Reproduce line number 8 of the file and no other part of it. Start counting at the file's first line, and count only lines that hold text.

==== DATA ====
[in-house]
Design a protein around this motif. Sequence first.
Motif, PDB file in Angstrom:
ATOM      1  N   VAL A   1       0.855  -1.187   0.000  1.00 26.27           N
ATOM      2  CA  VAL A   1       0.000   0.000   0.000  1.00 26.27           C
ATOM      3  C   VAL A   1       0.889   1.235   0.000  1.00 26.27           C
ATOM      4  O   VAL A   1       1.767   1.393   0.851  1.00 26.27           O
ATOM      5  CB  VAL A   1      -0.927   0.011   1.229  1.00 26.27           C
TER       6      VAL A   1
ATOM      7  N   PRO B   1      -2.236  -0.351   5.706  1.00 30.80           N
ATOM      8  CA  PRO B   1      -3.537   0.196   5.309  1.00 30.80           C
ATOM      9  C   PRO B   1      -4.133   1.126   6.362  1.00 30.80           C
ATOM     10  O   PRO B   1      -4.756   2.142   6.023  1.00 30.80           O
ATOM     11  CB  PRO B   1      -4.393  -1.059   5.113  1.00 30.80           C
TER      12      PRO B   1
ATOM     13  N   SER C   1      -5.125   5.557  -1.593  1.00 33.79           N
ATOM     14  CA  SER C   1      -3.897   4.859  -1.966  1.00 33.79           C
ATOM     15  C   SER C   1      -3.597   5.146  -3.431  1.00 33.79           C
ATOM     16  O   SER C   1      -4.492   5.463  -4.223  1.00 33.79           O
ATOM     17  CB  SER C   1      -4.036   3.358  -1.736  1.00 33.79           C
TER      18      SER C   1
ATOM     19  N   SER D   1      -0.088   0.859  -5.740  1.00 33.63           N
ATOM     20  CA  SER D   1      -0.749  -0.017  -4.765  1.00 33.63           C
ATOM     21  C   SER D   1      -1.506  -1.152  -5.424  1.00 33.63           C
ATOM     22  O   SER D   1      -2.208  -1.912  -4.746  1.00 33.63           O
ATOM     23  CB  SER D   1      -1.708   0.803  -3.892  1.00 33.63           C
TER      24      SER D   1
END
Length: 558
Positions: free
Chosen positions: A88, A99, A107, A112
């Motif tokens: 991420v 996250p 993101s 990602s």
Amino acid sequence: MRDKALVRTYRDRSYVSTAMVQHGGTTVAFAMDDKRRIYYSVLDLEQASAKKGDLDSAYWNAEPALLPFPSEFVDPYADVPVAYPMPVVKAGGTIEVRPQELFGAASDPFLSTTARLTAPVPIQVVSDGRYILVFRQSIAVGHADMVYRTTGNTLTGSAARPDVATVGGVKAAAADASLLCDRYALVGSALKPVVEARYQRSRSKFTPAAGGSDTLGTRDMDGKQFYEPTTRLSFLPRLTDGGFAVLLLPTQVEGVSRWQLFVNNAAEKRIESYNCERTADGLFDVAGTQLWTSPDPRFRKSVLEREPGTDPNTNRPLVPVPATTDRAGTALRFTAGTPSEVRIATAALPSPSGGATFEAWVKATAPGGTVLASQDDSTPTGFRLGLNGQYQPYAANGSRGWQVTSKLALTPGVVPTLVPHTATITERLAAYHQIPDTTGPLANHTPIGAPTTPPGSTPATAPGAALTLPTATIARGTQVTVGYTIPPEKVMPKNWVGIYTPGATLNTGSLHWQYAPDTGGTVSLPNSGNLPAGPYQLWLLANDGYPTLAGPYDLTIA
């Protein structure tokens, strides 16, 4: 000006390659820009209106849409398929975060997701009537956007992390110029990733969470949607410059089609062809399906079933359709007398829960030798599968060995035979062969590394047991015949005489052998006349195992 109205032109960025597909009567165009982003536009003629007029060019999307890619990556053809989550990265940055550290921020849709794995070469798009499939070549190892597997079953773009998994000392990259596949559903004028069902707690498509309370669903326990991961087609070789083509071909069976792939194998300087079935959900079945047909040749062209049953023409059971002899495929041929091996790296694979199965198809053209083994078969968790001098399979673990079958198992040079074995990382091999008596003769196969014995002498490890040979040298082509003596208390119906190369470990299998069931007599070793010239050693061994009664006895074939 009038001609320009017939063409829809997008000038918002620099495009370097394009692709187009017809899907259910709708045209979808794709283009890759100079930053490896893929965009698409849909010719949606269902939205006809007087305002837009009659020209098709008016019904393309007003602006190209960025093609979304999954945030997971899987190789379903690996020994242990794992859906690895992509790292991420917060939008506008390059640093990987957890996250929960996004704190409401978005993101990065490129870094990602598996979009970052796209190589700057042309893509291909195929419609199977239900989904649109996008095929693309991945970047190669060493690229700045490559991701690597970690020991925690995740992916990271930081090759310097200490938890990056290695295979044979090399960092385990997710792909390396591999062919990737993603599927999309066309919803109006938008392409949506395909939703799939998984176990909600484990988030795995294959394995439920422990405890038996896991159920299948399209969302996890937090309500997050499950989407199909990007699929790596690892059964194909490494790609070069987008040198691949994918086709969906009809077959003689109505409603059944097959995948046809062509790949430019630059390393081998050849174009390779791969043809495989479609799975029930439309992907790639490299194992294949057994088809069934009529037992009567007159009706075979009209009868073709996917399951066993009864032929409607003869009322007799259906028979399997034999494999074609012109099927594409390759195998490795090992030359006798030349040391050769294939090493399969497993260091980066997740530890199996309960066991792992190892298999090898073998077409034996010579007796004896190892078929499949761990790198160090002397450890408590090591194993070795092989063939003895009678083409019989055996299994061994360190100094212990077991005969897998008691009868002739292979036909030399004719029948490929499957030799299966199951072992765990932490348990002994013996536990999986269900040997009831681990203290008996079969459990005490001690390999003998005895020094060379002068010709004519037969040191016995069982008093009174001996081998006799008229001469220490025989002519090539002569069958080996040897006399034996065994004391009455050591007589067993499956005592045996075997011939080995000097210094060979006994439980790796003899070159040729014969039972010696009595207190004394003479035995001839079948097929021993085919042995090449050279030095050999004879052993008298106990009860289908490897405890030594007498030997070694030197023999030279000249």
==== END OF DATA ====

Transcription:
ATOM      5  CB  VAL A   1      -0.927   0.011   1.229  1.00 26.27           C